Mother of Christie Marceau's killer hid knives

The mother of the man who stabbed Auckland teenager Christie Marceau to death hid all her kitchen knives when her son was bailed to her house.

Akshay Chand stabbed 18-year-old Christie to death after cornering her in the backyard of her family's North Shore home in November 2011. He was on bail on charges of kidnapping and threatening to rape her at the time.

In an earlier statement Chand's mother, Suchita, said whenever she left the house she "put all the knives in a compartment under the oven" and "would bring them back out when I got home".

Today she told an inquest into Christie's death that she had no idea that her son realised what she was doing.

Ms Chand said she hid the knives because she had been warned her son may be at risk of harming himself or others.

Chand was supposed to be on a 24-hour curfew at his family home while on bail. He was allowed to leave the property only for medical appointments in the company of his mother or aunt.

On the morning he left the house to kill Christie, his mother had already left for work.

Ms Chand said she first heard her son was missing when her daughter called her at work.

No one to call - Ms Chand

Earlier on Wednesday, Ms Chand said she wasn't given any information by the court or police about her son's bail conditions or what was expected of her while he was home on bail.

Chand was supposed to be on a 24-hour curfew at his mother's home when he was released.

The property was just over a kilometre from Christie's home and the Marceaus could see Chand's house from their deck.

Chand was allowed to leave the house under the supervision of his mother or his aunt and only for medical or legal appointments.

The day he left the house to kill Christie, his mother had already gone to work and the only person at home with him was his sister, who was still in bed at the time and just 17 years old.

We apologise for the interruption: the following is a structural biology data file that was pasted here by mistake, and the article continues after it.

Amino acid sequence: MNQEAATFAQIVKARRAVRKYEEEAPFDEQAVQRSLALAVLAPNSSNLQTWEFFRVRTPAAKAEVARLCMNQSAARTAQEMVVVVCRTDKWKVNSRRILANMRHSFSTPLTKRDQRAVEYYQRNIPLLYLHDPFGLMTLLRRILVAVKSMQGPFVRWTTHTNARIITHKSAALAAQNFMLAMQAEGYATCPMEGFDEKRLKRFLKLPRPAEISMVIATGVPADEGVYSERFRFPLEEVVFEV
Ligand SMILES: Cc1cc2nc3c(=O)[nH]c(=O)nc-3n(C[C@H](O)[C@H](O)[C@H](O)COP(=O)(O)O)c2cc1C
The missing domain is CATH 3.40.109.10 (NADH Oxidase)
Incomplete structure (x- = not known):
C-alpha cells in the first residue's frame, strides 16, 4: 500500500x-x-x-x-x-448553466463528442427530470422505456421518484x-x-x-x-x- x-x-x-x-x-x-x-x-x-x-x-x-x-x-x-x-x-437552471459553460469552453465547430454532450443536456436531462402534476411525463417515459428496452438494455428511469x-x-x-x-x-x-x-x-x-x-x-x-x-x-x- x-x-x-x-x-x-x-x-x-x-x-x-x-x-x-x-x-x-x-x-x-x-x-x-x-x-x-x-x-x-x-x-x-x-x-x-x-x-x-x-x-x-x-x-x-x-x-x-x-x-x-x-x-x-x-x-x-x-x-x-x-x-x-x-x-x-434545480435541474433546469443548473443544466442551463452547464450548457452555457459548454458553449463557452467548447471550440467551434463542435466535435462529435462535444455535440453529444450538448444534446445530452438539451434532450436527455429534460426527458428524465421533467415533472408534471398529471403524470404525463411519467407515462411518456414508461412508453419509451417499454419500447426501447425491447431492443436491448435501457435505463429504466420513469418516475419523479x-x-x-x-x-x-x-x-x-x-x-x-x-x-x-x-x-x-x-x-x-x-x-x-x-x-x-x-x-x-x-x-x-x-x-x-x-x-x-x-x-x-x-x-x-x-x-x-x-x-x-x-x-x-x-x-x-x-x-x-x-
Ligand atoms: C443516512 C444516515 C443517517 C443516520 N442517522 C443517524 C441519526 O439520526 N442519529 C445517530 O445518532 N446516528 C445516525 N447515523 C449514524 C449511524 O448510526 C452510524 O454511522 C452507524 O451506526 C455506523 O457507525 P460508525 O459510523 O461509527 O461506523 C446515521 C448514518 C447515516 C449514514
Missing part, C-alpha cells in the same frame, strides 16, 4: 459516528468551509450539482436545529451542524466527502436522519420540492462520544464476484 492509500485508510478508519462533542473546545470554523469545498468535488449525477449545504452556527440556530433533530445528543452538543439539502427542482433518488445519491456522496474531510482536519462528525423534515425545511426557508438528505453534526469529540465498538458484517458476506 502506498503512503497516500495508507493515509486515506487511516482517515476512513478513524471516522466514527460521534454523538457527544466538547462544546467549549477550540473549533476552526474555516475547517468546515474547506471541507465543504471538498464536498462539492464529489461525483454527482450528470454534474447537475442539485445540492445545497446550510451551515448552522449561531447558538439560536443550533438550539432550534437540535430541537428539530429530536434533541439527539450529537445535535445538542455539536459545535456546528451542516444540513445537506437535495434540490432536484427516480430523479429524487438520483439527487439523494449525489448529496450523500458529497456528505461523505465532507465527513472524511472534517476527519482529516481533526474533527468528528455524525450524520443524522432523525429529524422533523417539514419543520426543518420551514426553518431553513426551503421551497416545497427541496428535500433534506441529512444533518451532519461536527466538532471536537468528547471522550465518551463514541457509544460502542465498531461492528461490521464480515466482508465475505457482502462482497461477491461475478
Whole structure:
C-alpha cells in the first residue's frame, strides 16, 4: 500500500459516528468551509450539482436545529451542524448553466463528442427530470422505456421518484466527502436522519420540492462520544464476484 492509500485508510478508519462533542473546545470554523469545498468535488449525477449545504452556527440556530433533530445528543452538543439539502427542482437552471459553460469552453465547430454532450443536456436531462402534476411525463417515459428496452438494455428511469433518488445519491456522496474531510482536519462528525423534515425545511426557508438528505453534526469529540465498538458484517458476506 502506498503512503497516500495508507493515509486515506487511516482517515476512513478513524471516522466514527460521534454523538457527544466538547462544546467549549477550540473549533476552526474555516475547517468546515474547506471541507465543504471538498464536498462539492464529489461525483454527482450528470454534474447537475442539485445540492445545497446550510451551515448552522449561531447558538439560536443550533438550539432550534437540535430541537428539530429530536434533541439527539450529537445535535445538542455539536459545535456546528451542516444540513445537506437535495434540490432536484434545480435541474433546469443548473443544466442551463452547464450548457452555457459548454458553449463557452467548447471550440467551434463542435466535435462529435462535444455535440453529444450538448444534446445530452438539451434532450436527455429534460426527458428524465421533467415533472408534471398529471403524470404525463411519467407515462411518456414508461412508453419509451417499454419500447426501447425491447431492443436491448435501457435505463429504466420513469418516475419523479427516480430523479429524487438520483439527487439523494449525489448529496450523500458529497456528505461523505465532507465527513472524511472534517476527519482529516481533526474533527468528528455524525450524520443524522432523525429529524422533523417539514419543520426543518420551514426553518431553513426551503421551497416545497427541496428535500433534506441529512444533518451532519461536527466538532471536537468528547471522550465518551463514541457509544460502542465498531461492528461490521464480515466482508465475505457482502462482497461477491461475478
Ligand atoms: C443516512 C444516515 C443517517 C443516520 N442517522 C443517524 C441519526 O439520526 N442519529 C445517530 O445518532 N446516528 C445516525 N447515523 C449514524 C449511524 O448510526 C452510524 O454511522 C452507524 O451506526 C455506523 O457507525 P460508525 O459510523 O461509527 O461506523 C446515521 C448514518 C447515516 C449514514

Ms Chand said at the time her son was bailed, she was never given any contact details for anyone she could call if she had concerns.

She said she told her son's lawyer, Mary-Anne Lowe, that she worked in the mornings and would only be at home in the afternoon, but there would usually be someone else at the house with Chand - if not her, an aunt or his sister.

Ms Chand said because of her work commitments there was "no way" she could have supervised her son 24/7 and would not have agreed to that.

She said Chand got a letter from the court at the time he was bailed but that was not addressed to her. She said she recalled seeing that it set out conditions of his release including that he wasn't supposed to leave the house unless he was supervised by an adult.

Claims challenged

Under cross examination by the Marceaus' lawyer, Nikki Pender, Ms Chand accepted that her son's lawyer had told the court her family would be able to provide 24/7 supervision, according to a transcript of the hearing.

However Ms Chand maintained she was not expressly told that her son had to be under constant adult supervision.

And she said there was no follow up conversation about whether she could actually fulfill that obligation.

Ms Chand said Ms Lowe warned her that the seriousness of her son charges meant it would be difficult to get bail.

Under cross examination by Ms Lowe's lawyer Stuart Grieve QC, Ms Chand conceded that she had been specifically asked what assistance she and her sister could provide in order to make a successful bail application.

Mr Grieve asked whether she understood that Ms Lowe needed to know what could be done to monitor Chand  if he got bail.

Ms Chand replied "yes".

Mr Grieve said: "I suggest to you the true situation is that she (Ms Lowe) explained carefully to you ... if he was granted bail he would need to be monitored 24 hours a day ... and you agreed to that."

Ms Chand said she didn't remember this.

Mr Grieve pointed out that Ms Lowe would be giving evidence under oath and "required to tell the truth".

And Ms Lowe would say she made it plain "you needed to monitor Akshay".

Ms Chand said she knew her son had to be monitored 24/7 but didn't think someone had to physically be with him.

"We did our best to take turns to look after him."